Office Depot agreed yesterday to pay $25 million in a settlement with the US Federal Trade Commission as part of a lawsuit accusing the company of tricking customers into buying unneeded tech support services –akin to a real-world version of online tech support scam sites.
The “PC Health Check” fake scanner
At the heart of the FTC investigation was Office Depot’s PC Health Check, a PC diagnostics service that Office Depot was offering to run on computers brought into stores by customers for routine checks and repairs.
The PC Health Check service required employees to ask customers four questions about strange popups, slow operating speeds, virus and malware warnings, and PC crashes or freezes.
The FTC says that checking any of the four options as part of Office Depot’s PC Health Check questionnaire would automatically trigger a positive malware scan result.
Office Depot employees would then step in to offer PC clean-up services for $180 or higher.
“This case should send a strong message to companies that they will face stiff consequences if they use deception to trick consumers into buying costly services they may not need,” said FTC Chairman Joe Simons, commenting on the lawsuit’s conclusion.
Former employee goes to the press
Office Depot’s practices came to light in November 2016 when a former Office Depot employee, named Shane Barnett, contacted KIRO 7, a Seattle-based television station, and revealed the company’s deceiving practice.
Reporters confirmed Barnett’s revelation by buying new computers and visiting an Office Depot shop where following a PC Health Check scan, were told that the brand new laptops were infected with malware. Separate scans by IOActive, a local cyber-security firm, did not find any traces of malware on the test laptops.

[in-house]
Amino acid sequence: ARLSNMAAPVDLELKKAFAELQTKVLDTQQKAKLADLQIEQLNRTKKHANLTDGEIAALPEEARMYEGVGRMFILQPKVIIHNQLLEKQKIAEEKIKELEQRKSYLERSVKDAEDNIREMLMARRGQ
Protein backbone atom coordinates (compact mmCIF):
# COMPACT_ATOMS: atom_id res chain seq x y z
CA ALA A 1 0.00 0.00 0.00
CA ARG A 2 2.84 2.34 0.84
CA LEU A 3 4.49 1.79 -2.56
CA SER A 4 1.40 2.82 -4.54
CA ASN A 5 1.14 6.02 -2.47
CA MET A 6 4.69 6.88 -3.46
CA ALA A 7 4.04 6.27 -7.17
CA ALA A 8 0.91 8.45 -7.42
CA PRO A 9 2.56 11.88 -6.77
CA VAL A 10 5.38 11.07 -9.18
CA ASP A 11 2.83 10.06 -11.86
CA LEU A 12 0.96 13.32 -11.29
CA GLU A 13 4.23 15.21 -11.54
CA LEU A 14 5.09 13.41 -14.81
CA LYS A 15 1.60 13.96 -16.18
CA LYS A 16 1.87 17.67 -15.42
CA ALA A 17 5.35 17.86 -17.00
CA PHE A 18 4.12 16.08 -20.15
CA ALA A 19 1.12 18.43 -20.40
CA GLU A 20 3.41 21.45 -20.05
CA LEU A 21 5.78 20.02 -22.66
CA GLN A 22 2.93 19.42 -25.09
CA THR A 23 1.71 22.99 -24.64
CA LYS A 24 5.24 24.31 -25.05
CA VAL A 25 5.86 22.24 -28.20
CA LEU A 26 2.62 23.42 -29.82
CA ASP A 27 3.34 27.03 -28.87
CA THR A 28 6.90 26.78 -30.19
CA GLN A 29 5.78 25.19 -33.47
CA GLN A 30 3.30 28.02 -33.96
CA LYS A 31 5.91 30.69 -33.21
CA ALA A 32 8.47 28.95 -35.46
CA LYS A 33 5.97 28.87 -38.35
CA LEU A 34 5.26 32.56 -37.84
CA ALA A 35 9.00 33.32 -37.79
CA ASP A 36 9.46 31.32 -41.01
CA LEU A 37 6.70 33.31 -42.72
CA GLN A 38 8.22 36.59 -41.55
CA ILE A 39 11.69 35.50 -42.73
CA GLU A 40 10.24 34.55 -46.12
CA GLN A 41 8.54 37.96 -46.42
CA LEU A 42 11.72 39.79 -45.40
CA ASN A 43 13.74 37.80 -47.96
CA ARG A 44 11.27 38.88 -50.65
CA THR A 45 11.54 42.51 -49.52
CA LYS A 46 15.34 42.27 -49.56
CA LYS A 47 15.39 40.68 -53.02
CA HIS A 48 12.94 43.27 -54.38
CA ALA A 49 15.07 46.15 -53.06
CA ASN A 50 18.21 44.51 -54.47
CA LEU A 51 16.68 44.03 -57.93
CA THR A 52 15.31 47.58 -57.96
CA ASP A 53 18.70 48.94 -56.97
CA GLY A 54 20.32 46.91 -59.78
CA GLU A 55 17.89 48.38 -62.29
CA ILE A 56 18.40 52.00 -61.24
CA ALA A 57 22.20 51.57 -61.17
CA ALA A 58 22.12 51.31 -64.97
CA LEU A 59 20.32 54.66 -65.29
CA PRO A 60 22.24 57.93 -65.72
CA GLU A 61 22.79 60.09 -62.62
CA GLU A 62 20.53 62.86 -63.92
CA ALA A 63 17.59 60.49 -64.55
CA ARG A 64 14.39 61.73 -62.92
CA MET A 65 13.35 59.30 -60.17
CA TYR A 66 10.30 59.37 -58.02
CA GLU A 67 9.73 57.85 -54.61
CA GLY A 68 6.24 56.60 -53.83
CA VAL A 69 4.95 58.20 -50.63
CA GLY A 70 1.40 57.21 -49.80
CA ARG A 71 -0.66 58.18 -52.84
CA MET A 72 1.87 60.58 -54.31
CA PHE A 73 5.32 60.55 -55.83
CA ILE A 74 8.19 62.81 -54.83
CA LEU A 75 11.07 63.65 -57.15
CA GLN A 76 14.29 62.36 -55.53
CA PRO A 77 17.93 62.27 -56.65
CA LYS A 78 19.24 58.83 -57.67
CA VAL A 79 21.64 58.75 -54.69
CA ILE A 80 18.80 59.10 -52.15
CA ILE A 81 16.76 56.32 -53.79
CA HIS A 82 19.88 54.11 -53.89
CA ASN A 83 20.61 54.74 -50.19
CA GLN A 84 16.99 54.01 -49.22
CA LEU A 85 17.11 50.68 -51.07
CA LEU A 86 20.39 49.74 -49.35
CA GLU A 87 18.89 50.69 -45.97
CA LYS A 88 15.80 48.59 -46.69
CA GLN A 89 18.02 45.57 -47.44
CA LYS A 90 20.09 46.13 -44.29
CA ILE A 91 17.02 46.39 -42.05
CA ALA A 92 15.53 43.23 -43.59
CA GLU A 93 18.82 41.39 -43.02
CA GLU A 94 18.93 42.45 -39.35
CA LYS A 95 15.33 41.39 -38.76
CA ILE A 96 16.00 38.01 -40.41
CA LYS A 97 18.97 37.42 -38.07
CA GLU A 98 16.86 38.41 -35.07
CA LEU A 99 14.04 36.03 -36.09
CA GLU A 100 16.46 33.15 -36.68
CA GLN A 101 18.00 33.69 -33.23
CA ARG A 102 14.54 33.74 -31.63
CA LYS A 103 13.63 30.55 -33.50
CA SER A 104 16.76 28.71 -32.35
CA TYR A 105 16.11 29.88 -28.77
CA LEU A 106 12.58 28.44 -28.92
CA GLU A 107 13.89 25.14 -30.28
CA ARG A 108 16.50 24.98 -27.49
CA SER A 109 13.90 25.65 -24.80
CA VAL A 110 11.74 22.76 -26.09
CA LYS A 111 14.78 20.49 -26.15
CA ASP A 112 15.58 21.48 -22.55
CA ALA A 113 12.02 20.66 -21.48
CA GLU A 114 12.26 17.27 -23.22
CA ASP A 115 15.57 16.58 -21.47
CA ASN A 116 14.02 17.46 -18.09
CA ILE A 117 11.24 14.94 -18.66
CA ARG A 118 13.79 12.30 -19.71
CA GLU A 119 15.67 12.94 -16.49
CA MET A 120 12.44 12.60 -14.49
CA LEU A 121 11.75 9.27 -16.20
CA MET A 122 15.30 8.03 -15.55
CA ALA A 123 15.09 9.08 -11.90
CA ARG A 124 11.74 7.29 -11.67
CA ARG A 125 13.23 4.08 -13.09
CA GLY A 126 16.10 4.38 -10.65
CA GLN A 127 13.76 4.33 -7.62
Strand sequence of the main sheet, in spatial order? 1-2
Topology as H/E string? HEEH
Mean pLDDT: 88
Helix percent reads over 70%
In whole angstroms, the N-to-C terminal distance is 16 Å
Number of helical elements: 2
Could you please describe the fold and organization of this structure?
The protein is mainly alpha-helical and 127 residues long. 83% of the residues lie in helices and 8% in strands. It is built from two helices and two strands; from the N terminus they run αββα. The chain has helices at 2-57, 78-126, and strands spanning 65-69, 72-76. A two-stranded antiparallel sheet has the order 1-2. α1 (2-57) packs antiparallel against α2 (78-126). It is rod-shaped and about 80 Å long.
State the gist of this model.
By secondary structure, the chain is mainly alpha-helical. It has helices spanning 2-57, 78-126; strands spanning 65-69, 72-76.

Barnett also revealed that Office Depot employees had monthly quotas on the number of PC Health Check scans they sold each month.
Following KIRO 7’s report, Senator Maria Cantwell (D-WA) sent a letter to the FTC asking the agency to investigate Office Depot’s PC Health Check service.
Support.com’s role in the scheme was as the maker of the PC Health Check scanner, which it had been selling to Office Depot and OfficeMax (acquired by Office Depot in 2013) since at least 2012.
The FTC also pointed out in its investigation and adjacent legal complaint that Office Depot and Support.com had been aware of complaints about the PC Health Check program’s accuracy and fake results since at least 2012, but they continued to deploy it in stores until late 2016 when the KIRO 7 report exposed the scheme and Office Depot shut it down.